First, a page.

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Nov
30

They didn't buy into the Keynesian fantasy

What is Austria's secret?

Ever heard of the Austrian School of Economics?

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The Austrian Miracle – By Dardis McNamee
VIENNA — Walking through the beautiful and bustling streets of central Vienna, one finds it hard to imagine that elsewhere in Europe thousands of demonstrators are taking to other streets to protest c…

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4 comments

  1. Naveed Massjouni says:

    It seems like you didn't even read the article that you posted. Austria seems to be the posterchild for Socialism:

    The answer lies in a system of economic and employment policies built on a central commitment to social market economics, where individual and corporate prosperity depend on general prosperity in a tapestry of interdependent interests. These assumptions are played out, at least in part, through a "social partnership" system of representatives from labor, industry, government, and often academia, in which job security, wages, pensions, unemployment insurance, and other workplace standards, as well as related legal and policy questions, are discussed and negotiated, leading to recommendations to Parliament and the respective ministries.

    At the same time, Austria has a productive and highly competitive manufacturing sector, which accounts for the country's favorable trade balance. In a country with generally good secondary schools and effectively free higher education, the economy enjoys a well-educated workforce and stable relations between management and labor within the social-partnership system that allow for long-term planning. Austria also has an excellent medical system, ranked among the world's best, and a varied and flexible national health-care system supported by all participants.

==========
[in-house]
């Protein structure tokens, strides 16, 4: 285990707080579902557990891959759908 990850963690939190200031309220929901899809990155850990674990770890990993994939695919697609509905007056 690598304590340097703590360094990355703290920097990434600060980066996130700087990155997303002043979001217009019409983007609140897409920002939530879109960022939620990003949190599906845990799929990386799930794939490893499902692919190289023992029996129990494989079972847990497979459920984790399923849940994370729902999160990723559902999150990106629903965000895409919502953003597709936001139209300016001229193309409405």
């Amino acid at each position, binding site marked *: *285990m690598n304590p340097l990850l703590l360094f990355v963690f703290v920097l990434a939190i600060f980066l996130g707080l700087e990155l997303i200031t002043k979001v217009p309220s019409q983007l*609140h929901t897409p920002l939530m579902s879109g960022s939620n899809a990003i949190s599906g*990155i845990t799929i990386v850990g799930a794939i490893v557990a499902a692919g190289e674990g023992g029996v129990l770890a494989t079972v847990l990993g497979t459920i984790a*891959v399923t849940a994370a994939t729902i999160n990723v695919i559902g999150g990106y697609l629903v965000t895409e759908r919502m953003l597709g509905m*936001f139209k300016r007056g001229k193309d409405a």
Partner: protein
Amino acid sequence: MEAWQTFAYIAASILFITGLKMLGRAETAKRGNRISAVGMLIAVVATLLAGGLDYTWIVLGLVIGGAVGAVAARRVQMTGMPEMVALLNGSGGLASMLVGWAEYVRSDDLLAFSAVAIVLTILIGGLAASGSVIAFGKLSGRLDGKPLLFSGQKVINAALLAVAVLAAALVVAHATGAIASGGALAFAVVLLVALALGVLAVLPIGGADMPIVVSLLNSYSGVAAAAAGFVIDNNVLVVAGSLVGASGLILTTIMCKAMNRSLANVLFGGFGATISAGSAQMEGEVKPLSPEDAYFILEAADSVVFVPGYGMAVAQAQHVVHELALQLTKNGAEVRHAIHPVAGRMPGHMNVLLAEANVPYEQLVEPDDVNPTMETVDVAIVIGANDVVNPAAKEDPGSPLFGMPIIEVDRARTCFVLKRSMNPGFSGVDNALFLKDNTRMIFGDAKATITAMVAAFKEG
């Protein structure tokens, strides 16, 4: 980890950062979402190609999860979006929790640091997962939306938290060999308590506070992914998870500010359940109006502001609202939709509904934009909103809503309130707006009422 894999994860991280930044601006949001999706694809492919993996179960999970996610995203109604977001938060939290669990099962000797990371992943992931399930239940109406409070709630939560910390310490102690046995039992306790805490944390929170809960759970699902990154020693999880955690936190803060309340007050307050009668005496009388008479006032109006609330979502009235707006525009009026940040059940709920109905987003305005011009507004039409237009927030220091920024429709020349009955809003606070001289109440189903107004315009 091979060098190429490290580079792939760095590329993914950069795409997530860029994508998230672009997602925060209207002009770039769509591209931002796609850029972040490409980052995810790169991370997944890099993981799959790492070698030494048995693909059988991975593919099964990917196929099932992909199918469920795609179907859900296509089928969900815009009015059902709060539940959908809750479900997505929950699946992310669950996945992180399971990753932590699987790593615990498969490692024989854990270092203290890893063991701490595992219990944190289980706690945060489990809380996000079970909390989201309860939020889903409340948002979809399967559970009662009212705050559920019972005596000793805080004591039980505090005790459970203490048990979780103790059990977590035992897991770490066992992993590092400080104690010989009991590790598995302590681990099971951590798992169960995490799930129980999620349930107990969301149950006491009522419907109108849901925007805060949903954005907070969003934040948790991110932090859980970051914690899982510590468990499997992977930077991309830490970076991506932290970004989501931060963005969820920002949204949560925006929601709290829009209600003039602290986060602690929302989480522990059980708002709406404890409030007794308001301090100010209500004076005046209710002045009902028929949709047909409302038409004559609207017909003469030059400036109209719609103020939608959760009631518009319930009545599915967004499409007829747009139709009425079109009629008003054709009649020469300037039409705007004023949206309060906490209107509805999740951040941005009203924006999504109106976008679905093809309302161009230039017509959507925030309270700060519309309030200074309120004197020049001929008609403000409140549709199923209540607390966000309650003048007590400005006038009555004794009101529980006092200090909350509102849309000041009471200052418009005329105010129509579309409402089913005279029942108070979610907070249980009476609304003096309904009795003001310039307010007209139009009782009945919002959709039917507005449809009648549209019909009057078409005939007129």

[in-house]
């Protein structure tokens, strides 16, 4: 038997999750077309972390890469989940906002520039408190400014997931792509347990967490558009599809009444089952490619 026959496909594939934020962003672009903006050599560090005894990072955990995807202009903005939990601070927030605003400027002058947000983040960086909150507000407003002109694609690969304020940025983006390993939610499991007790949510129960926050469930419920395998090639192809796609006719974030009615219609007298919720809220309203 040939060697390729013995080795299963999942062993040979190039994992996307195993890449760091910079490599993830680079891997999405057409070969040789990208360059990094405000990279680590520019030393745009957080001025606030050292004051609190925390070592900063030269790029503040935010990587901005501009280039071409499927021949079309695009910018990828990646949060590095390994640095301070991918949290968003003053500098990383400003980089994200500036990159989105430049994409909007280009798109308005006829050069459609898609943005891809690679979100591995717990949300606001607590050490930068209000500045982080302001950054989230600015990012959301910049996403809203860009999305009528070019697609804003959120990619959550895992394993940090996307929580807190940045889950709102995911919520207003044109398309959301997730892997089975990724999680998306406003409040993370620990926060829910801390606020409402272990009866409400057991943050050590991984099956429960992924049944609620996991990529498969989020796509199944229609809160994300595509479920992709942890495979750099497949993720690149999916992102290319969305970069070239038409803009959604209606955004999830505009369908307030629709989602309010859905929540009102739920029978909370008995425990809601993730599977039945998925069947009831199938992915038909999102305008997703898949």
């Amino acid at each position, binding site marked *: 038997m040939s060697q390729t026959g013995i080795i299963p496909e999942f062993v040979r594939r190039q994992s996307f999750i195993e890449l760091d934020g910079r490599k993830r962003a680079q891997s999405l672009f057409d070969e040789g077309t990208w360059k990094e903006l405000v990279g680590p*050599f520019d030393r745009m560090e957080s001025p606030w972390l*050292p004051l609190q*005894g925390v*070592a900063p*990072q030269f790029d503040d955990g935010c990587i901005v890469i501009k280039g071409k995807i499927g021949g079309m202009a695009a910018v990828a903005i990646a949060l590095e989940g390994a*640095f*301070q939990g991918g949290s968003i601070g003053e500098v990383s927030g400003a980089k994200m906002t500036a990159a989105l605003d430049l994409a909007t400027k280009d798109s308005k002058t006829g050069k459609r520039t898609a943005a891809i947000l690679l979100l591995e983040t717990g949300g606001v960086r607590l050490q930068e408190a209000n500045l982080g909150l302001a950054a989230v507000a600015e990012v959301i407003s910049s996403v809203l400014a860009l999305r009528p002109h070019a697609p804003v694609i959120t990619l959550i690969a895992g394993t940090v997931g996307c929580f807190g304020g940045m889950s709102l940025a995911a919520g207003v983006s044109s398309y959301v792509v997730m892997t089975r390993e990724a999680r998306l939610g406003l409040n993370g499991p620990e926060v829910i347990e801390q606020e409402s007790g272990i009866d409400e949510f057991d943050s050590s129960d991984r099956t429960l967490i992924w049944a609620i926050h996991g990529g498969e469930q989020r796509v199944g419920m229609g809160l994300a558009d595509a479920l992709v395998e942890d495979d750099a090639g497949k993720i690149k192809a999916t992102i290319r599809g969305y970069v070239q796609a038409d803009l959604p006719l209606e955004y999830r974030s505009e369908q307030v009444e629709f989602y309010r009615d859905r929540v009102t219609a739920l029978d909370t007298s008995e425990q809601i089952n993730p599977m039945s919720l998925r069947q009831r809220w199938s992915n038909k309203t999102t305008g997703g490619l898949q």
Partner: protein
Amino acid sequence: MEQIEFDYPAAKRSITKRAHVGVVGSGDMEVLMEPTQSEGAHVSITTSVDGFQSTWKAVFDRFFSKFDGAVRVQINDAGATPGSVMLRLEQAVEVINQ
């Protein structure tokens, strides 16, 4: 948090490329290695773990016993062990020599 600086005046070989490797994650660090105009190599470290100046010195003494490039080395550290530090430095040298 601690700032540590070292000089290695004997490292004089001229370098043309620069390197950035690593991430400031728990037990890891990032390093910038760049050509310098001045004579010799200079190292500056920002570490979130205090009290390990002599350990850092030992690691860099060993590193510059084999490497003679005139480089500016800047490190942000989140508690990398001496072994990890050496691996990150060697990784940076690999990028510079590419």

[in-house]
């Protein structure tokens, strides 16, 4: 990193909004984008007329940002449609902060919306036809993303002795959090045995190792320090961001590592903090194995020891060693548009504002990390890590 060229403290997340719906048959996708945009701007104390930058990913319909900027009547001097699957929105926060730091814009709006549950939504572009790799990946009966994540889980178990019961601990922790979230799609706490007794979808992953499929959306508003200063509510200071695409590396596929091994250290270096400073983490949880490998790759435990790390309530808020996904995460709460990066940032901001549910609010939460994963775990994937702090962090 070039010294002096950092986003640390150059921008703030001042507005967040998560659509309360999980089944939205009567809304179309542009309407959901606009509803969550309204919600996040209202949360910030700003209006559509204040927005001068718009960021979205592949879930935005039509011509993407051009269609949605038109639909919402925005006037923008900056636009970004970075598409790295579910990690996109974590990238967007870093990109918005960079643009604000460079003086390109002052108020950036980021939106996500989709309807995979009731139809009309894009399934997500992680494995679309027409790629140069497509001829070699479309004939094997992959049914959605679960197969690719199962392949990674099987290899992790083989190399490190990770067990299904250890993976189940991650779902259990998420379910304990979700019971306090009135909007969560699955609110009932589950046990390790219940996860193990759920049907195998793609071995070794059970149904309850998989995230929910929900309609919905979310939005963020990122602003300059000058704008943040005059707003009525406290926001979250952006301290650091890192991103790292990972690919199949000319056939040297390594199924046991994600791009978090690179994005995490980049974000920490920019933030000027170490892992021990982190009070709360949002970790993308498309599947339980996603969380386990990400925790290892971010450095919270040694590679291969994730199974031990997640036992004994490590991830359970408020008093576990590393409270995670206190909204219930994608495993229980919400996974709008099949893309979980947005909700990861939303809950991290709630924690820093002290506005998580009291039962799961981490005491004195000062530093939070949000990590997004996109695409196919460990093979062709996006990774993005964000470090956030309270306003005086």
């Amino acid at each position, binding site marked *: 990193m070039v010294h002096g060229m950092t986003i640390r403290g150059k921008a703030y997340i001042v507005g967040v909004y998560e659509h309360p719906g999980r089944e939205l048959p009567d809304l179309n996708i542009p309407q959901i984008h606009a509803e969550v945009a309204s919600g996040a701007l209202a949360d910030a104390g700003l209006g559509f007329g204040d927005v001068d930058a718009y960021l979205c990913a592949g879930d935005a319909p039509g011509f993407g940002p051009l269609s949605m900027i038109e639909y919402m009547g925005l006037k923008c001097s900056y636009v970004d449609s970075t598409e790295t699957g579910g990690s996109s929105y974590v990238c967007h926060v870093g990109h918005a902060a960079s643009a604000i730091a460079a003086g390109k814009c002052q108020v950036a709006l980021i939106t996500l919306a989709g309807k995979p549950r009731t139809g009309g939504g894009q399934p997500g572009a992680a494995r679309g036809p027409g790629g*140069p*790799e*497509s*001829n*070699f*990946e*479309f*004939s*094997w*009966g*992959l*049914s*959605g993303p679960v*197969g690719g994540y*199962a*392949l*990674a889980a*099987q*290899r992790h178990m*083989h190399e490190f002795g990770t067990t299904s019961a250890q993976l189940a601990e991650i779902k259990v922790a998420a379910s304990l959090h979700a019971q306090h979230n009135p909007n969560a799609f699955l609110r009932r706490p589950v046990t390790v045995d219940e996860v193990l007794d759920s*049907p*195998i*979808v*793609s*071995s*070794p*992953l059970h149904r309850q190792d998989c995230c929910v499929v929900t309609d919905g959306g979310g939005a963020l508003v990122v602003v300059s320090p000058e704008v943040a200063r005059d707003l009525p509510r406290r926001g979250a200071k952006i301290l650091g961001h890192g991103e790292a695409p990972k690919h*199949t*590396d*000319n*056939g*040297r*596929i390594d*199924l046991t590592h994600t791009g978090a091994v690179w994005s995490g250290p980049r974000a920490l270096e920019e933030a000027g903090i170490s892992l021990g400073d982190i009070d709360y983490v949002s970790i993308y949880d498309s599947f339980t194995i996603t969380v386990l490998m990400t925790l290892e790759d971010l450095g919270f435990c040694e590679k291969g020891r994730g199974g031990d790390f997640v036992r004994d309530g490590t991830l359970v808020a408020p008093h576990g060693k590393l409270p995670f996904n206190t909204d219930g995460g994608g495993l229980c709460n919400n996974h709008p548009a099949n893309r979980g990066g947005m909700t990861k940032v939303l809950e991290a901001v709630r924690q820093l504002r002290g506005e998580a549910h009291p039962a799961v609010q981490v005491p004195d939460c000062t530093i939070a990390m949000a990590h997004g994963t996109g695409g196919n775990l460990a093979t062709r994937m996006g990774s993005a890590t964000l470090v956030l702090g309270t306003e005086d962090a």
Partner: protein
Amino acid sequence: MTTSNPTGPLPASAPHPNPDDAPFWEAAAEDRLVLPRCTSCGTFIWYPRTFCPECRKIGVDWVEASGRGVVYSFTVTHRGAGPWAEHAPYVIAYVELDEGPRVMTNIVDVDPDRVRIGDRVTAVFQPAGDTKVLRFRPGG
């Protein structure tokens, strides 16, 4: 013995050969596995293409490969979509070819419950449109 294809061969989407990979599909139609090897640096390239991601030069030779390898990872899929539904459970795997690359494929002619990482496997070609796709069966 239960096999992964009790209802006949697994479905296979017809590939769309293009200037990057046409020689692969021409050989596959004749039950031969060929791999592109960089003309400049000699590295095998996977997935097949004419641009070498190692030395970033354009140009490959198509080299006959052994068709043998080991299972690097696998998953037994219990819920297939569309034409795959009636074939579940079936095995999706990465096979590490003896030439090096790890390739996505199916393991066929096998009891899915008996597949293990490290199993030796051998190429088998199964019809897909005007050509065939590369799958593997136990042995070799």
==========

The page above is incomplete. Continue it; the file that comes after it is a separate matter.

The single most important factor here is the role of a generous welfare state, which "steadies consumption" during recessions, said economists Markus Marterbauer and Sepp Zuckerstätter of the Austrian Chamber of Labor. "Confident that their basic needs are covered, Austrians use their savings to continue spending," said Marterbauer and Zuckerstätter in a 2011 interview with the Vienna Review. "Constant consumer demand and reduced savings in downturns, and increased savings in boom years, are characteristic of the Austrian economy. Both help keep output and employment levels up."

    Austria has also invested heavily in job training both for the unemployed and for youth entering the job market. With a budget of some 1 billion euros (a budget Kopf readily admits is "enviable"), the AMS is able to offer individual counseling and monitoring on a weekly basis for job seekers as well as usually two extended training courses in appropriate skill areas, including technology and languages, to improve job prospects. So though the unemployment rate overall is up slightly from last year (from 4 percent to 4.4 percent), there are also 45,000 more people working, meaning more people have entered the workforce, which is generally seen as a sign of confidence in the economy.

  2. Finn Krogstad says:

    Has there been any 'Austrian School' in Vienna since Mises left for Geneva?

  3. Chris George says:

    High rate of savings, low public debt and a public that is well educated in economics.

    Compare that with Chicago.

    The socialism is simply a wrapper for the basic economics. It is funny that we expect the government to run the economy for the benefit of the people. When they actually do we call it socialism.

  4. Chris George says:

    High rate of savings, low public debt and a public that is well educated in economics.

    Compare that with Chicago.

    The socialism is simply a wrapper for the basic economics. It is funny that we expect the government to run the economy for the benefit of the people. When they actually do we call it socialism.

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